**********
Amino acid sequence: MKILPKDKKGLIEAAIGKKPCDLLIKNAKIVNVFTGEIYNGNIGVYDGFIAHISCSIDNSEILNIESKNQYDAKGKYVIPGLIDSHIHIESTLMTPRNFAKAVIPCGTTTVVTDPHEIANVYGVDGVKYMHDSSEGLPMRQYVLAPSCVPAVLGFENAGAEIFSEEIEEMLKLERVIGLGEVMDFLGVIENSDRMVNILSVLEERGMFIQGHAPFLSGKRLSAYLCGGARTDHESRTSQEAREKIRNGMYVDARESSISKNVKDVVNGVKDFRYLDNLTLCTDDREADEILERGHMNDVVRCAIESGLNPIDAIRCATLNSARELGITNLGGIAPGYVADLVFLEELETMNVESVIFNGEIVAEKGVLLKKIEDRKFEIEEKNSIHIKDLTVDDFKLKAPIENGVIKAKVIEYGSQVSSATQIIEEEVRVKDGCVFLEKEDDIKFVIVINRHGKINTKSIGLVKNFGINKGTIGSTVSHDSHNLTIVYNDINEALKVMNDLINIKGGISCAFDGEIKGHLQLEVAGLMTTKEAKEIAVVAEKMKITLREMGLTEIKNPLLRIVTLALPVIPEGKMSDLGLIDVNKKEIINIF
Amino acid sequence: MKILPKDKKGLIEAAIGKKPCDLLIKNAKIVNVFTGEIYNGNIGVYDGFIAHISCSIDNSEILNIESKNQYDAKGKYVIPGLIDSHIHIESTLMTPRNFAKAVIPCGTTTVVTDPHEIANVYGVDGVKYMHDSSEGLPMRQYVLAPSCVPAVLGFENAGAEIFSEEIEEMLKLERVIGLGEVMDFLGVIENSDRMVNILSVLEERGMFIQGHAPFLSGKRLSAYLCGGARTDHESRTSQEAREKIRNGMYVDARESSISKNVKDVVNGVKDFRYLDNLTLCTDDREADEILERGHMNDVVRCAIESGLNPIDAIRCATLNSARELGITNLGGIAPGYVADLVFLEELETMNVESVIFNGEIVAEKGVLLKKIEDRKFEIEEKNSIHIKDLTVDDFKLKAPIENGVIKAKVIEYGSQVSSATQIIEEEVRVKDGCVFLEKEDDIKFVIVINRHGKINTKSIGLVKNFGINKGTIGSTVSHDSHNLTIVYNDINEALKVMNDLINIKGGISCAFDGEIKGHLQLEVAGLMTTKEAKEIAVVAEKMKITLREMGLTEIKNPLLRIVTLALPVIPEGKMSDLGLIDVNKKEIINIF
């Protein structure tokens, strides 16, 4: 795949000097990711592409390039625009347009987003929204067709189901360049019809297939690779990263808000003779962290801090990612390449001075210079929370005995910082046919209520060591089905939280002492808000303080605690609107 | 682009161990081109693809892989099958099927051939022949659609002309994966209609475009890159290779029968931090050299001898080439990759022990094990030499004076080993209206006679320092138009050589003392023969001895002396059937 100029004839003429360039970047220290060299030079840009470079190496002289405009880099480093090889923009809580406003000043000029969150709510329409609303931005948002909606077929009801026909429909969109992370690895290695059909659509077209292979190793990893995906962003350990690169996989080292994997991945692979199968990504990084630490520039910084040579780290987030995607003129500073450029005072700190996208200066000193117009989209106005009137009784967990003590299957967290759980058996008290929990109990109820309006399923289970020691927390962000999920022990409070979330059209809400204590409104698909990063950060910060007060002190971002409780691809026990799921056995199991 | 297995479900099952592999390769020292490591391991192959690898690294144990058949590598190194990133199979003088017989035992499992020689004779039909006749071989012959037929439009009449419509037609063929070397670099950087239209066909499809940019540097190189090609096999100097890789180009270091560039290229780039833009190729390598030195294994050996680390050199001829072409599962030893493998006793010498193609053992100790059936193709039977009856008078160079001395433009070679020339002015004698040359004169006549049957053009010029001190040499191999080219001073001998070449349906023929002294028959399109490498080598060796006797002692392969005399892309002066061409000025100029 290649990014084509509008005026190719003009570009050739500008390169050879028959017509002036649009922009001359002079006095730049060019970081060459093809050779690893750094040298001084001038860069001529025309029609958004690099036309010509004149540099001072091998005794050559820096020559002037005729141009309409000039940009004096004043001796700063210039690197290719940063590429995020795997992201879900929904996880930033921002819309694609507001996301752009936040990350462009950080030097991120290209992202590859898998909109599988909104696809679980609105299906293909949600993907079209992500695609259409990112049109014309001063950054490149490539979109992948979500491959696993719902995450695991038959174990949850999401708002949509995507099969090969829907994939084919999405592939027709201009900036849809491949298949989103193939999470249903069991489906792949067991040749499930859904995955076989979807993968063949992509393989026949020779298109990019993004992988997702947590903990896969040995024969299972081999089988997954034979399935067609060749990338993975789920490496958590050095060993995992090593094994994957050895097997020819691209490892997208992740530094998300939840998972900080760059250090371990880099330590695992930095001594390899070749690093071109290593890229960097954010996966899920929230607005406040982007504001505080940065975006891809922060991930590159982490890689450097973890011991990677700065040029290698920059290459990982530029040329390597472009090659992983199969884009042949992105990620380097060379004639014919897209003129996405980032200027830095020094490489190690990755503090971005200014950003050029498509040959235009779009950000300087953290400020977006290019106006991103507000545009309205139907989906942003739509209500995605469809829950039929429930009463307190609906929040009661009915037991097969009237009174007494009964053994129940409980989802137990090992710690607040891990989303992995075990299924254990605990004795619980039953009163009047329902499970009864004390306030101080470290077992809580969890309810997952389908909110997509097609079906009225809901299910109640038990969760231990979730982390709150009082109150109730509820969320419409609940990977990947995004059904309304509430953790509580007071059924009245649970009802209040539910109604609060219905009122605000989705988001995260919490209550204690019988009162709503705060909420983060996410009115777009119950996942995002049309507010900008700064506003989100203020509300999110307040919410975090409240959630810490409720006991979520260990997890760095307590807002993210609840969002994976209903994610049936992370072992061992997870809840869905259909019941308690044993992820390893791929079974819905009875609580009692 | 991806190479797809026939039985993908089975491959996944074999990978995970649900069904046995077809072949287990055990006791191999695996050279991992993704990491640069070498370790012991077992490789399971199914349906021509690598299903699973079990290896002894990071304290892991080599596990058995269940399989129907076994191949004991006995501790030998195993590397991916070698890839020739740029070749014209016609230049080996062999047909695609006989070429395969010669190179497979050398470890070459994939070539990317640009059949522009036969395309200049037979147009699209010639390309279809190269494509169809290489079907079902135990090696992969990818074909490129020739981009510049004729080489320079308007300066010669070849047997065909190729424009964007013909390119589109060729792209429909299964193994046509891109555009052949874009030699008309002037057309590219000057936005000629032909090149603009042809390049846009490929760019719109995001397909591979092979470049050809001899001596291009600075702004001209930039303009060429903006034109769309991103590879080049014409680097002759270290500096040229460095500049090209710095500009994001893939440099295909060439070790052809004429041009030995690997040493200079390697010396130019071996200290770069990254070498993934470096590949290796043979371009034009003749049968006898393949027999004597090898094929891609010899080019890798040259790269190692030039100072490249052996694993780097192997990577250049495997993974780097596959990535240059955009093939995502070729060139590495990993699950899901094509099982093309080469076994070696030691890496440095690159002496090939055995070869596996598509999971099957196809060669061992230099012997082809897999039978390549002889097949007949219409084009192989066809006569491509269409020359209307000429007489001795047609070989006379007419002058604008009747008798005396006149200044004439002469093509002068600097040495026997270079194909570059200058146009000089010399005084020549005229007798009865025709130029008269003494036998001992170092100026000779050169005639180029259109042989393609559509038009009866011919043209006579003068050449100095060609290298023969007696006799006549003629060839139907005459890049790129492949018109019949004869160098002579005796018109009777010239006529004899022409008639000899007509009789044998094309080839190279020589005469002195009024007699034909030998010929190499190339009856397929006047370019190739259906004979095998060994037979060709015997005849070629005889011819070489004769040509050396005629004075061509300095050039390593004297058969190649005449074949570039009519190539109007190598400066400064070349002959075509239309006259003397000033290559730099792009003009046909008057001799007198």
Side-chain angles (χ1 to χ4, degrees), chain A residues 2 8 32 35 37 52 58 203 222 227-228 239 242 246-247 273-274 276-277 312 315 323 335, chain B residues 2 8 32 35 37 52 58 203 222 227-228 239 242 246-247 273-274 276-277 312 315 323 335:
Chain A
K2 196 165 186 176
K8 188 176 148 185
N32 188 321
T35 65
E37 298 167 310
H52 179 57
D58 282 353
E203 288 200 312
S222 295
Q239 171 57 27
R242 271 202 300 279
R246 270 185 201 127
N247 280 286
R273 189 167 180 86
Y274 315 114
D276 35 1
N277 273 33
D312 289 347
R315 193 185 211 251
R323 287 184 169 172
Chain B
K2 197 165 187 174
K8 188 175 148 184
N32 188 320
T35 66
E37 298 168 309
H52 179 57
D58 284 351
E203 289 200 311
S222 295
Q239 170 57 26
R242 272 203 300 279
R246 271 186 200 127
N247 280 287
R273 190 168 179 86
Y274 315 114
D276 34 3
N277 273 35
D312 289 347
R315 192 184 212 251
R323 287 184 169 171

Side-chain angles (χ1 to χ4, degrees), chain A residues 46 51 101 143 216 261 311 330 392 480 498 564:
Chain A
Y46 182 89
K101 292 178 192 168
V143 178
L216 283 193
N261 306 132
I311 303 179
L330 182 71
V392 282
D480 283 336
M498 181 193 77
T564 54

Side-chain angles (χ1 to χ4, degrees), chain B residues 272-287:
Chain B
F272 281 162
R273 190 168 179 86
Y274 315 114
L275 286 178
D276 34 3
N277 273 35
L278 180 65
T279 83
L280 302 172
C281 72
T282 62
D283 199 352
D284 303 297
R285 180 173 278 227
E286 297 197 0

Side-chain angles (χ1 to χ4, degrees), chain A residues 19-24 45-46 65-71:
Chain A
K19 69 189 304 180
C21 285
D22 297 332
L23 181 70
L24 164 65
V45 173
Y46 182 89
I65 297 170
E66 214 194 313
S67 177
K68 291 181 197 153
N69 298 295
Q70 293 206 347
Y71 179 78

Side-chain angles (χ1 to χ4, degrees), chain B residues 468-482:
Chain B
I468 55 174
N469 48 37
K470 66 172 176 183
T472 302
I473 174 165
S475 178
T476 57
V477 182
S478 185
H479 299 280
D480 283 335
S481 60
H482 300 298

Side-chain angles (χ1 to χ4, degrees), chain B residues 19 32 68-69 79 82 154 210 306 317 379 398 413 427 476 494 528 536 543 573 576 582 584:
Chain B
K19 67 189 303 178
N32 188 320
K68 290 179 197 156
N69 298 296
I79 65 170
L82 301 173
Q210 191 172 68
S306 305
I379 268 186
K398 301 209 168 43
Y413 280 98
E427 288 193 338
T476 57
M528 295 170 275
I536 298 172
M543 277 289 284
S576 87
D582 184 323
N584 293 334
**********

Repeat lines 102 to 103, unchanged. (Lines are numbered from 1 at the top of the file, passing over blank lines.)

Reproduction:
V477 182
S478 185